The Private Sector in the Public School: Can It Improve Education?

The Private Sector in the Public School: Can It Improve Education?

The Private Sector in the Public School: Can It Improve Education?

The Private Sector in the Public School: Can It Improve Education?

Excerpt

Over the past decade scholars at the American Enterprise Institute have devoted considerable attention to private sector initiatives in areas of human need, including health care, neighborhood revitalization, housing, and education. The publication of Peter L. Berger andRichard John Neuhaus seminal work To Empower People: The Role of Mediating Structures in Public Policy initiated this endeavor. A series of volumes on the role of mediating structures followed. Meeting Human Needs: Toward a New Public Philosophy (Jack A. Meyer , ed., AEI, 1982), for example, included a description of private sector involvement in education and identified the increasing role of business and industry as a provider of education and training and the developing role of the corporate community as a partner in public education.

Since that publication corporate concern about quality education and involvement with public schools has grown enormously. AEI's Education Policy Studies group has maintained a continuing interest in these developments, specifically, in the philosophical and policy implications of such public-private sector interaction.

The project recorded in this volume was itself carried out in the spirit of public-private partnership--a joint effort by AEI and the National Institute of Education. The competing views of business, labor, academics, and practitioners were developed in commissioned papers and presented at a conference attended by educators, policy analysts, and business representatives.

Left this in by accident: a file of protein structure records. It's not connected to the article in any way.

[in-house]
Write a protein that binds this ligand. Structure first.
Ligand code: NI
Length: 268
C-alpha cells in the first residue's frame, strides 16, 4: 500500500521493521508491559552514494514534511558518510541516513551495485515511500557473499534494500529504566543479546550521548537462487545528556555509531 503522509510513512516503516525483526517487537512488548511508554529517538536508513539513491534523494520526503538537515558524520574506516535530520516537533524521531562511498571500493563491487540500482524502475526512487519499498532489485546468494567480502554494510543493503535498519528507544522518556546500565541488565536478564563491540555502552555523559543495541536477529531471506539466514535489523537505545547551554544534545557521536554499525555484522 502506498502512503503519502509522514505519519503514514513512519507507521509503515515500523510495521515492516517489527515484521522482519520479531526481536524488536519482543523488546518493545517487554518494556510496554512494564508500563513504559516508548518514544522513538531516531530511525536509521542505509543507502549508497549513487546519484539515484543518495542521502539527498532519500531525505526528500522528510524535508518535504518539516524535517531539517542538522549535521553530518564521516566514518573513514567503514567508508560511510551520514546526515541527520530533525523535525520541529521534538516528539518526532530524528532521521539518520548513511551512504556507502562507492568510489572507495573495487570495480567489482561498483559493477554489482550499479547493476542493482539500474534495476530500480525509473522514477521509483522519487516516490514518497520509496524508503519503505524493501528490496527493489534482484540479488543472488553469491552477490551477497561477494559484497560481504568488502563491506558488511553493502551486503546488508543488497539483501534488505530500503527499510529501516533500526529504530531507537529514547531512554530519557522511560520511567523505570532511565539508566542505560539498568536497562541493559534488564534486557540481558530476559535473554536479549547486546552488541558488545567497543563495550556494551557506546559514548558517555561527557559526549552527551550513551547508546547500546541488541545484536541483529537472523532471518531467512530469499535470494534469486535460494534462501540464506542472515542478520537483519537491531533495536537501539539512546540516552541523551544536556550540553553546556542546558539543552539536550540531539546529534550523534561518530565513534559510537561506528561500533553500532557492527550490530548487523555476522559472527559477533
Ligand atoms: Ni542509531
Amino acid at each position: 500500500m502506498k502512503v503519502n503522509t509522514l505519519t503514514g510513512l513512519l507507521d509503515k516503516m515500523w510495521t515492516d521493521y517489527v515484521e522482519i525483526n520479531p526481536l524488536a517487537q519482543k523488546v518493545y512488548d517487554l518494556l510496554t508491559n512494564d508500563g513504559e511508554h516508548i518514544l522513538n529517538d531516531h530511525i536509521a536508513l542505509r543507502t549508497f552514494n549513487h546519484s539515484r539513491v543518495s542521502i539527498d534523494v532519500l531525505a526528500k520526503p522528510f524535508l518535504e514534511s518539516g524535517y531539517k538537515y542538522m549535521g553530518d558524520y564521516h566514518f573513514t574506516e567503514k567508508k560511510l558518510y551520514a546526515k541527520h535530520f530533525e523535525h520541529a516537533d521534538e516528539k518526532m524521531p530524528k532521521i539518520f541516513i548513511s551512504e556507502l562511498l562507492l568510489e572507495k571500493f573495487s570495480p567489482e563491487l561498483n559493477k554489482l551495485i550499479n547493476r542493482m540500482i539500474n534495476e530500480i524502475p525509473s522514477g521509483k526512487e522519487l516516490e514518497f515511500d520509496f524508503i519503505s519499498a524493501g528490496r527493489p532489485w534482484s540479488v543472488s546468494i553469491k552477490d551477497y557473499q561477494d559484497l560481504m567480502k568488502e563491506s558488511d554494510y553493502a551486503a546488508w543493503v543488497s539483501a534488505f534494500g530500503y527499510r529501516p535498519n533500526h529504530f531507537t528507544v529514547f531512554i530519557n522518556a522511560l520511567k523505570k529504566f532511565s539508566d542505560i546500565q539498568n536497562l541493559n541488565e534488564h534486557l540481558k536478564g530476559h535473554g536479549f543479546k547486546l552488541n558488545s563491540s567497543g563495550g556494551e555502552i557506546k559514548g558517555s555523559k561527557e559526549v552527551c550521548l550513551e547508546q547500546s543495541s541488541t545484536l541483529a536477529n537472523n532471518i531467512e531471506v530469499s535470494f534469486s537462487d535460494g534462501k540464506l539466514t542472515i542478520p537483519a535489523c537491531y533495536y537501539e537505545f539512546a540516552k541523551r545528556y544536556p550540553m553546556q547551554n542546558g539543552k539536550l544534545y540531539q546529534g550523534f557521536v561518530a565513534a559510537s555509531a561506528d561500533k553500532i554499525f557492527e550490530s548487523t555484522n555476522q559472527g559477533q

The presenters and discussants do not challenge the basic assumption that public education is a public responsibility. Given that assumption, they address the question of the appropriate role of the private sector in the public schools. They do not suggest that the private sector should or could substitute for or even significantly augment public funding. Rather, they focus on the potential influence the corporate community can have on public policy in education, the impact of a corporate advocacy role in support of public schools, and the value of programmatic involvement with schools on the local level. Participants go well beyond a recounting of examples of corporate involvement in public education (such as adopt-a-school programs or loaned executives) and address fundamental questions of public sector-private sector relationships, roles, and responsibilities. The philosophical and institutional barriers to partnerships are identified as are such public policy issues as equity in resources for public . . .

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